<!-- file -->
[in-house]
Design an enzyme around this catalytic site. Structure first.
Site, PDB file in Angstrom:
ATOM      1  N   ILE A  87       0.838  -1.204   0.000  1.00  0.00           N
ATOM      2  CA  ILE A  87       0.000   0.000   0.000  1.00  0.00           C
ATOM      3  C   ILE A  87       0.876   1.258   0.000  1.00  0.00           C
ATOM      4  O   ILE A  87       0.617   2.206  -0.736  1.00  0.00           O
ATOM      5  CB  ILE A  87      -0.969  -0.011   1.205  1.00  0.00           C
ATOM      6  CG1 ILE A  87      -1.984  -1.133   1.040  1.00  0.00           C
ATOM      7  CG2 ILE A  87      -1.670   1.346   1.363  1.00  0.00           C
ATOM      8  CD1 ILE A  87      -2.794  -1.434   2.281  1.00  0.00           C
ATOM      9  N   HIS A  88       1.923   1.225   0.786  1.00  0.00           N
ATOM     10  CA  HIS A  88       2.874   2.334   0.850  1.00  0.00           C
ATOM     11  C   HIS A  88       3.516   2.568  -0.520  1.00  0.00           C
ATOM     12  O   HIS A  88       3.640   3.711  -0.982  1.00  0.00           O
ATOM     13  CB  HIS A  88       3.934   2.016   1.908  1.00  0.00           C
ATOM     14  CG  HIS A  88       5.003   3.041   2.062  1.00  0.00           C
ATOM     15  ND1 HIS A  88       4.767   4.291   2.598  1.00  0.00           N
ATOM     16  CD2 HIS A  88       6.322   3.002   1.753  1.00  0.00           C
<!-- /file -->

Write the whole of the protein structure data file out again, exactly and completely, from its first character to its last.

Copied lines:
[in-house]
Design an enzyme around this catalytic site. Structure first.
Site, PDB file in Angstrom:
ATOM      1  N   ILE A  87       0.838  -1.204   0.000  1.00  0.00           N
ATOM      2  CA  ILE A  87       0.000   0.000   0.000  1.00  0.00           C
ATOM      3  C   ILE A  87       0.876   1.258   0.000  1.00  0.00           C
ATOM      4  O   ILE A  87       0.617   2.206  -0.736  1.00  0.00           O
ATOM      5  CB  ILE A  87      -0.969  -0.011   1.205  1.00  0.00           C
ATOM      6  CG1 ILE A  87      -1.984  -1.133   1.040  1.00  0.00           C
ATOM      7  CG2 ILE A  87      -1.670   1.346   1.363  1.00  0.00           C
ATOM      8  CD1 ILE A  87      -2.794  -1.434   2.281  1.00  0.00           C
ATOM      9  N   HIS A  88       1.923   1.225   0.786  1.00  0.00           N
ATOM     10  CA  HIS A  88       2.874   2.334   0.850  1.00  0.00           C
ATOM     11  C   HIS A  88       3.516   2.568  -0.520  1.00  0.00           C
ATOM     12  O   HIS A  88       3.640   3.711  -0.982  1.00  0.00           O
ATOM     13  CB  HIS A  88       3.934   2.016   1.908  1.00  0.00           C
ATOM     14  CG  HIS A  88       5.003   3.041   2.062  1.00  0.00           C
ATOM     15  ND1 HIS A  88       4.767   4.291   2.598  1.00  0.00           N
ATOM     16  CD2 HIS A  88       6.322   3.002   1.753  1.00  0.00           C